"Logic cannot create new facts, and the Roman doctrine needs such for its defence."

Agreed, as to the first part. As to the second, the dogma may be defended on other grounds than deductive argument from more ecumenically acceptable dogmas.

Also, there is a profound difference between using logic to defend facts and using logic to "create facts." This difference seems to be unappreciated by Bicknell.

Fr. Robert Hart said...

Bill HW, no one said it is false. But, we say it is not a dogma. Those who believe in the IC do so with pious intent (and I myself, being rather Marian, like the idea. But, that's not enough).

Andrew Preslar wrote:

As to the second, the dogma may be defended on other grounds than deductive argument from more ecumenically acceptable dogmas.

Yes, it can be defended from those doctrines, but the point is more basic. What is needed is a fact, and the only acceptable fact is revelation. If the revelation exists please point us to it (and the place where the Church finds revelation is scripture). If this revelation exists, why is there no notice of it by the ancient Fathers, how does the Orthodox Church manage to miss it, and why have some western saints (e.g. Thomas Aquinas) failed to see it?

Also, there is a profound difference between using logic to defend facts and using logic to "create facts." This difference seems to be unappreciated by Bicknell.

I cannot see why you say that Bicknell did not appreciate this difference. The difference is, in fact, his whole point. The RCC treats IC as a dogma, even though this dogma was unknown to the Church before the 19th century, and even though they never claimed that the Church received it as revelation. They created the "fact" by logic, which is a philosophical error.

This is a major flaw in RCC teaching, namely the idea that by logic dogma may continue to "develop."

Matthew Nelson said...

BHW,

I second Fr. Hart -- the intent is pious, but the result cannot be proved by Scripture in Tradition and is, at least, patient of serious misunderstanding and, therefore, is dangerous for general consumption. Hence it ought not to be preached as dogma and carefully explained when, if ever, presented to the laity.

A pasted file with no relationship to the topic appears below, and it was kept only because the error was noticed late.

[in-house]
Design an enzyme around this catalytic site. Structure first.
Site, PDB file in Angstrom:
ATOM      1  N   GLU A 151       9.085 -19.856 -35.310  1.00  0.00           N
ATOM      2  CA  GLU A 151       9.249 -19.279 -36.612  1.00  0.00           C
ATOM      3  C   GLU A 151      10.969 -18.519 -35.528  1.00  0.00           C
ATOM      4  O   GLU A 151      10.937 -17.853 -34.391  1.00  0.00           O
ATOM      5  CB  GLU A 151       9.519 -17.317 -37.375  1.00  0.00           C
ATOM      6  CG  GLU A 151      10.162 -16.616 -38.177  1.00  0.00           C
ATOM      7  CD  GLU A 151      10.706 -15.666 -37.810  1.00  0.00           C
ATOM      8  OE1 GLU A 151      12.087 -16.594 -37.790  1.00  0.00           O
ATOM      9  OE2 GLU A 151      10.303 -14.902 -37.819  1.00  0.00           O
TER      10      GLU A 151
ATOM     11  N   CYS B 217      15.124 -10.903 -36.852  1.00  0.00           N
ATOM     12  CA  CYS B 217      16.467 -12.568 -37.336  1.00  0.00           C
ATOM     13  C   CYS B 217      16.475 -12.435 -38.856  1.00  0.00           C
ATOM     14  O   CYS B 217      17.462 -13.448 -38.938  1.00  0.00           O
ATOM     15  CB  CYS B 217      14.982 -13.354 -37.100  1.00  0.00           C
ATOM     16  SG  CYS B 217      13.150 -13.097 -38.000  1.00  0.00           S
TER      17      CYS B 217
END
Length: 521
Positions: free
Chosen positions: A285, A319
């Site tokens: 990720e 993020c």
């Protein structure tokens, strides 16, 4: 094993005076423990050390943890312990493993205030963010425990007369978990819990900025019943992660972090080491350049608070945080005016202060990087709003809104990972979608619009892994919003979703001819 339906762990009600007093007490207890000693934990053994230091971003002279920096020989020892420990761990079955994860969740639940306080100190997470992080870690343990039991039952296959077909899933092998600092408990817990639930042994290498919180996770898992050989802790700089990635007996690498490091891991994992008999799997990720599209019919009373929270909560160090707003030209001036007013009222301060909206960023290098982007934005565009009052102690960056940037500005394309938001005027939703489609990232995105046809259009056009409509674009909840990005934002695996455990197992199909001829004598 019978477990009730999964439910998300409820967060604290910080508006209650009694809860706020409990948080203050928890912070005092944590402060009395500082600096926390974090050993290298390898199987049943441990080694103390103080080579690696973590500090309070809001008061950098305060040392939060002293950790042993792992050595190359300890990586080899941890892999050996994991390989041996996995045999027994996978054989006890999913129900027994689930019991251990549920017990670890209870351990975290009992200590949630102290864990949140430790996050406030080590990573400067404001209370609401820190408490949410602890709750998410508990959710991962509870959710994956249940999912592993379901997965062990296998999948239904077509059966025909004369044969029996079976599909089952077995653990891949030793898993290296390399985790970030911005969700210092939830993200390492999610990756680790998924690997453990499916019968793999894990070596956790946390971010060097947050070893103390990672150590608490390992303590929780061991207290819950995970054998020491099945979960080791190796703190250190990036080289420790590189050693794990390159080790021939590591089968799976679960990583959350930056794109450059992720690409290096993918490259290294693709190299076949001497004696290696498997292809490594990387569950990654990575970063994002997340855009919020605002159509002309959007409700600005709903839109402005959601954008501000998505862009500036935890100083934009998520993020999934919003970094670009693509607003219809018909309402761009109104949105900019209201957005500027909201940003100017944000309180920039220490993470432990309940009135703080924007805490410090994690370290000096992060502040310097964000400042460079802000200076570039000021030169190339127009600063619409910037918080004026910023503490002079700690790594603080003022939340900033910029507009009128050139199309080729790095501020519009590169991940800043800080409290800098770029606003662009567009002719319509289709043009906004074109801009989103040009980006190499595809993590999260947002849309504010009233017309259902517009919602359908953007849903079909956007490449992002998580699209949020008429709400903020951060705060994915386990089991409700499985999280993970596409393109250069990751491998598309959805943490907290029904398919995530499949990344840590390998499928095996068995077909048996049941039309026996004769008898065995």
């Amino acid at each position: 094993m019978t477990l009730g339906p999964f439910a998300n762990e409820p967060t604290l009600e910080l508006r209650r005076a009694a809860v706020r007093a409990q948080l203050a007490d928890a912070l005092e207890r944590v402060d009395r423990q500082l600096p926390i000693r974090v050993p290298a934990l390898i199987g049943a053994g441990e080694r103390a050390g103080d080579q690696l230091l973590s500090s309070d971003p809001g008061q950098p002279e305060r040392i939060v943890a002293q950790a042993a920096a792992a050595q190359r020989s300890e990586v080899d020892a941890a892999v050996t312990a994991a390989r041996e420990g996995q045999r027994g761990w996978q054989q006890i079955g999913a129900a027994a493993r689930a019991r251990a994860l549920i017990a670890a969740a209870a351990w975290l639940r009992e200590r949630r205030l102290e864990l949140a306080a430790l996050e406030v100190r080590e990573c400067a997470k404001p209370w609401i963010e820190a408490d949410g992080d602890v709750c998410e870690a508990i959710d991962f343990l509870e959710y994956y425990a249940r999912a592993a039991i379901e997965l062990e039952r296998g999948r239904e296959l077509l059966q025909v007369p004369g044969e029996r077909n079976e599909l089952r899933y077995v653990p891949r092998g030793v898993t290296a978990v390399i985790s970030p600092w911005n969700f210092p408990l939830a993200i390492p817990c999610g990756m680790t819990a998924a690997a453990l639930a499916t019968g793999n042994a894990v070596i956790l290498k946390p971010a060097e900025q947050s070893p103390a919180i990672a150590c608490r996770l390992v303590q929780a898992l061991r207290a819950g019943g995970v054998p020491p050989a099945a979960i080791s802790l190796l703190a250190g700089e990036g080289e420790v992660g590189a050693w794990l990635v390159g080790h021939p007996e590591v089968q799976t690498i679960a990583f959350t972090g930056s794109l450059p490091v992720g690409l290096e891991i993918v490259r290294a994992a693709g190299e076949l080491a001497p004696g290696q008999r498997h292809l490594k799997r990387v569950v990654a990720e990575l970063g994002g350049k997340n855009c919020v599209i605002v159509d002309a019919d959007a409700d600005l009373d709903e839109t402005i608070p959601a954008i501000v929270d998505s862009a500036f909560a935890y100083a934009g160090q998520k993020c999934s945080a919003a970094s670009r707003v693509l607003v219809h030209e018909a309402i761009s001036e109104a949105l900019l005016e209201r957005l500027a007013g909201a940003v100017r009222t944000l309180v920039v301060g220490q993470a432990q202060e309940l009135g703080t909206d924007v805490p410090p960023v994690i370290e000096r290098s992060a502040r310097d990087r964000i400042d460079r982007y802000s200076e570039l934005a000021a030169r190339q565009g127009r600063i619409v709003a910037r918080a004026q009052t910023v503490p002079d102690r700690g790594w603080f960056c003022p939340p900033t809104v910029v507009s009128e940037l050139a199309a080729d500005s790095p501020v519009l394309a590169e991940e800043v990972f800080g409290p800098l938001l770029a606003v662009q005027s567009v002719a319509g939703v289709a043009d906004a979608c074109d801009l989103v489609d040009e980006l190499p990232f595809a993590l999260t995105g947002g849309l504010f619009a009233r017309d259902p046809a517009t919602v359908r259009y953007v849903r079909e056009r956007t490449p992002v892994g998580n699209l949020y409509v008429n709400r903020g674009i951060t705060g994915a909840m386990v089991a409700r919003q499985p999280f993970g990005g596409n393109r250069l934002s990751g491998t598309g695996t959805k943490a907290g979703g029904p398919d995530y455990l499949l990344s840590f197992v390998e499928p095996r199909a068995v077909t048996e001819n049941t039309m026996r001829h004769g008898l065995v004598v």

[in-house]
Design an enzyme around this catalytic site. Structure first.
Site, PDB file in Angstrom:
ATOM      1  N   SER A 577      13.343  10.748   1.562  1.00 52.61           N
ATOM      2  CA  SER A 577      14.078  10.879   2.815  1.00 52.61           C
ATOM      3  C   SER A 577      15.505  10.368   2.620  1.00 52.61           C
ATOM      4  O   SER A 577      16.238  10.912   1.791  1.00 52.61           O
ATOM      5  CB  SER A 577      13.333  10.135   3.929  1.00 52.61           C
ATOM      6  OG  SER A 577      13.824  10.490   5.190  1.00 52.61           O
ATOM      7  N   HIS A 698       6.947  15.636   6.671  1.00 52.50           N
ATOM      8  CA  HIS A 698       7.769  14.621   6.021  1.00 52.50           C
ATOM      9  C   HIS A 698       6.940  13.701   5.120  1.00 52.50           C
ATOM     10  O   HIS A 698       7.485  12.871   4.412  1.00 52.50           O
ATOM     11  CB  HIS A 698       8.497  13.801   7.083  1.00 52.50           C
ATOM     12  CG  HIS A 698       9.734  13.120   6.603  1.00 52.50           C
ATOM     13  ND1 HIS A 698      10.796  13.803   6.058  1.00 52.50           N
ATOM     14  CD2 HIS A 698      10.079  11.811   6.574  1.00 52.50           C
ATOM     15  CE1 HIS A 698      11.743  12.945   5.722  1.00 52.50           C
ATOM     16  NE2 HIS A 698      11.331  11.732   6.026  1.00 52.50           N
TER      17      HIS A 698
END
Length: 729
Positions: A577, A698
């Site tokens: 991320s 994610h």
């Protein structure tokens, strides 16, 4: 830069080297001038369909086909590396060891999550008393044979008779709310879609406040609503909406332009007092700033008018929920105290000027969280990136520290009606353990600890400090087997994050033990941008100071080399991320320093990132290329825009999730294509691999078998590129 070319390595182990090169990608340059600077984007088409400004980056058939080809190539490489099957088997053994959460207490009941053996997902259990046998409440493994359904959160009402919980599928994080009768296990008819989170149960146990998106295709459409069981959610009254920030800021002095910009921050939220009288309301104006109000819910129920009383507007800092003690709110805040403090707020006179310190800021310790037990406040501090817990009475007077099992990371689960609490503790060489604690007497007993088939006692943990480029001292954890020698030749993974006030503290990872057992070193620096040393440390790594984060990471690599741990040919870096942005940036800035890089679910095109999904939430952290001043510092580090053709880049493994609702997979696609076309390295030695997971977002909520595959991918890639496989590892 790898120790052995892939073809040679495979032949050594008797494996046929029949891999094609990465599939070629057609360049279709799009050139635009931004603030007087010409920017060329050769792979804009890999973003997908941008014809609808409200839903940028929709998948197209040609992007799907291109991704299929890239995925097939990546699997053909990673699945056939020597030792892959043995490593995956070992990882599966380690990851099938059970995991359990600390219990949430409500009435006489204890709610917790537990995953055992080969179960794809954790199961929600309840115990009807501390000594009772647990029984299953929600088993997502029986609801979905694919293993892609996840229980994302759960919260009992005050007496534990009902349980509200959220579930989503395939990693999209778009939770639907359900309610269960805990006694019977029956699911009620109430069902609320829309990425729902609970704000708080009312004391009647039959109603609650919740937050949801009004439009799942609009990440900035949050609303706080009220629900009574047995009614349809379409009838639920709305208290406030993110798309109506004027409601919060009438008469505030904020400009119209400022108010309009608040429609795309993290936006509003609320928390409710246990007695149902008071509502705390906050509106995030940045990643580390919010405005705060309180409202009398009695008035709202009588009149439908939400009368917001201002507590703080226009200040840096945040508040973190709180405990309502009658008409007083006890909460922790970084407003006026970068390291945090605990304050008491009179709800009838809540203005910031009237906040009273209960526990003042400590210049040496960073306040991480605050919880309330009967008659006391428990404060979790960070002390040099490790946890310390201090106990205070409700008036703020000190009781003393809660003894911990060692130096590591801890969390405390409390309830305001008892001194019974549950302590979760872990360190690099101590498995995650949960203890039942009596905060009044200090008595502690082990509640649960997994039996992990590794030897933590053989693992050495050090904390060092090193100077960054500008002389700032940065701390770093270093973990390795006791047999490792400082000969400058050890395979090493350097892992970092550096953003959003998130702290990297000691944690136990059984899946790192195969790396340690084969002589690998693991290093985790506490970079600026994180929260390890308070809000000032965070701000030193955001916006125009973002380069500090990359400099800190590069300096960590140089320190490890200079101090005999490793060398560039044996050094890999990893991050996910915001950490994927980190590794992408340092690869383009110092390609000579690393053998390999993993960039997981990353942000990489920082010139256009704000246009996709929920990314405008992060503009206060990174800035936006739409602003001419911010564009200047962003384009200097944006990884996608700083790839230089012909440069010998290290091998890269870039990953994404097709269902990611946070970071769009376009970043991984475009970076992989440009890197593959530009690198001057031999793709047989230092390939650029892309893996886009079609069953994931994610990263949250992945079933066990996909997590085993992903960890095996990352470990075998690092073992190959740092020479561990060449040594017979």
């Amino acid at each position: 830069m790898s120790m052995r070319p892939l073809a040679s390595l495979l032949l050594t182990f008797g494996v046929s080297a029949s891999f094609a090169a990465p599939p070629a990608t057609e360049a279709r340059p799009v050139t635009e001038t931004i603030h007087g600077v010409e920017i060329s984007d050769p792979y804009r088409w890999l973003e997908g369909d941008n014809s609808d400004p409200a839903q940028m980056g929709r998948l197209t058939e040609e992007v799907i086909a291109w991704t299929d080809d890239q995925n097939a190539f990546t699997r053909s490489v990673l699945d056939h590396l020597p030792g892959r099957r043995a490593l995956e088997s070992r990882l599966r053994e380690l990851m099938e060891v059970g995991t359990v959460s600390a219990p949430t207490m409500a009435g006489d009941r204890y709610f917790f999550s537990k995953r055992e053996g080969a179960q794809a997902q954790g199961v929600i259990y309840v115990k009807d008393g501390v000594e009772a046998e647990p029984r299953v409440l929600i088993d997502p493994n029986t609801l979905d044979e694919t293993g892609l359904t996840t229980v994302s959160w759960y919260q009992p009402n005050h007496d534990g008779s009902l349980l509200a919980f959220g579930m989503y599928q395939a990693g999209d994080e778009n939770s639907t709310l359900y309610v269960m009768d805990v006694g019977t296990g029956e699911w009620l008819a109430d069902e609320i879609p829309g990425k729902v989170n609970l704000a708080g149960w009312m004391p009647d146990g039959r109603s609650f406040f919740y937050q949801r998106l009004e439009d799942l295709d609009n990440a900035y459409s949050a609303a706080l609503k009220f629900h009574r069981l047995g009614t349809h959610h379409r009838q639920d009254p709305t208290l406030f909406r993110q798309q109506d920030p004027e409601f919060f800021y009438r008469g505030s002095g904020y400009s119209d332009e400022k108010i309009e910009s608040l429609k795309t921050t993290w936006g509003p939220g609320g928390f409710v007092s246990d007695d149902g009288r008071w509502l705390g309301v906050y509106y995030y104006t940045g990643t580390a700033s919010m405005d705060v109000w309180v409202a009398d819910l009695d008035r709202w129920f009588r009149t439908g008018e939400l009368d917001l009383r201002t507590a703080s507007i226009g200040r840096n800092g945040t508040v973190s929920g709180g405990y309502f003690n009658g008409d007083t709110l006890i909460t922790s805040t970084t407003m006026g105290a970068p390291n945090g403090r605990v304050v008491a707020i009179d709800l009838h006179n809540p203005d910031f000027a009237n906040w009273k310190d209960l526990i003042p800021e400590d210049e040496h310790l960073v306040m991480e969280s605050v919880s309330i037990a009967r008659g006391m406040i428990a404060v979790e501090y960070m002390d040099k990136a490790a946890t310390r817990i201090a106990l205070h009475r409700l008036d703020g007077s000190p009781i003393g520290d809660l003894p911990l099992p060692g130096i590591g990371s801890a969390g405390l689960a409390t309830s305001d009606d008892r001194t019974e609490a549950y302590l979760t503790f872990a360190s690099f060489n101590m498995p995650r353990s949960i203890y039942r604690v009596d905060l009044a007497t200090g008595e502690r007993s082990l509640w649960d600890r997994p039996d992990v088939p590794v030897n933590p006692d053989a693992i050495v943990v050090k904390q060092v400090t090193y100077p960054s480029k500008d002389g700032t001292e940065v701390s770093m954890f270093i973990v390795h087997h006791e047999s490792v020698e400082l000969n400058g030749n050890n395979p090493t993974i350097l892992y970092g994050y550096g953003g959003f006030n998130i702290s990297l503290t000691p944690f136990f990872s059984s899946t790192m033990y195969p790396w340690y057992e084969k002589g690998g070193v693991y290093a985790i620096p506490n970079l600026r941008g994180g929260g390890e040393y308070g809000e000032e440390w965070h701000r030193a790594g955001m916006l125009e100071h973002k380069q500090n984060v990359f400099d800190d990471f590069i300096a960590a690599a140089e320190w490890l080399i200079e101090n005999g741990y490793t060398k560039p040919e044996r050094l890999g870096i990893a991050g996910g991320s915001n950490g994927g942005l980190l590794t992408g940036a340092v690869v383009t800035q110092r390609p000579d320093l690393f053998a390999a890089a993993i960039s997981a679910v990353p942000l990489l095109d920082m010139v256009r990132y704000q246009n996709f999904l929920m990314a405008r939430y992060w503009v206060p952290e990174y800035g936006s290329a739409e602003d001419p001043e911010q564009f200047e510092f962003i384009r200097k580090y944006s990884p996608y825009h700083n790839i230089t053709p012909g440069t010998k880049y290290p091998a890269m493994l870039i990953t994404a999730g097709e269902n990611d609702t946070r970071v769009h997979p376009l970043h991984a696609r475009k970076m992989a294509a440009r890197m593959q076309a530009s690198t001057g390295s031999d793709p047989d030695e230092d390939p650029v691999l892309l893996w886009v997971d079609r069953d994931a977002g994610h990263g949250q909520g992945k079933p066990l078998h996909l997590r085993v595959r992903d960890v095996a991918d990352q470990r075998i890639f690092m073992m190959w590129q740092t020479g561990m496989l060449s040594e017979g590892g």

By way of illustration, "very probable opinions," as opposed to merely pius (or even doubtful) opinions, are still not dogma because they cannot be proven by Scripture or are not necessary to the coherence of the Gospel, but they have been deemed safer for public consumption.

For example, the sinlessness of Mary (St. Paul was referring only to baptized persons, which does not include Mary or John the Baptist.) Yes, St. John Chrysostom preached that she had committed "venial" sins, but the vast concensus of the traditional witness of the Church (including the Magesterial Reformers!) teaches that she lived free of mortal sin. And, I am inclined to believe this witness, and have no problem with it being expressed in passing in Common Worship but, unlike the Resurrection, for example, I do not stake my Faith in Christ upon it!

Christ's Peace,

MDN

Matthew Nelson said...

LWK,

LOL! But, I agree that every copy of Bicknell deserves its own guard dog!

Also, it can be found for reasonable prices on ABE and other "old book" selling services.

MDN

Matthew Nelson said...

AP,

Also, logic or dialectics, can usefully be employed to organize Revealed Truth and to point out illuminating interconnections between them -- such as they way Trinity (Theology proper), Incarnation (Christology), Atonement (Soteriology) are all interlinked. Of course, we have to be very careful to guard rationalizing Revelation in the process of systematizing dogma or in claim one "logical system of organization the raw data" is exclusive, when perhaps it is not.

MDN

Anonymous said...

Matt Nelson: Don't confuse the alleged sinlessness of Mary with the imagined IC. Those are too different issues. It is possibly to believe that Mary BECAME sinless at some point (say her birth, or at the annuciation) without affirming that she was sinless from the earliest moment of her conception. There is a far broader consensus for her sinlessness than for her IC. The quotes from the Councils which are commonly trotted out to defend IC MIGHT teach her sinlessness. Whether they teach it as a matter of doctrine or simply as hyperbolic devotional language is surely open to question. My contention is that when the Councils intended to affirm something, they knew well how to do so. We do not have to read fly tracks in the margin to find dogma.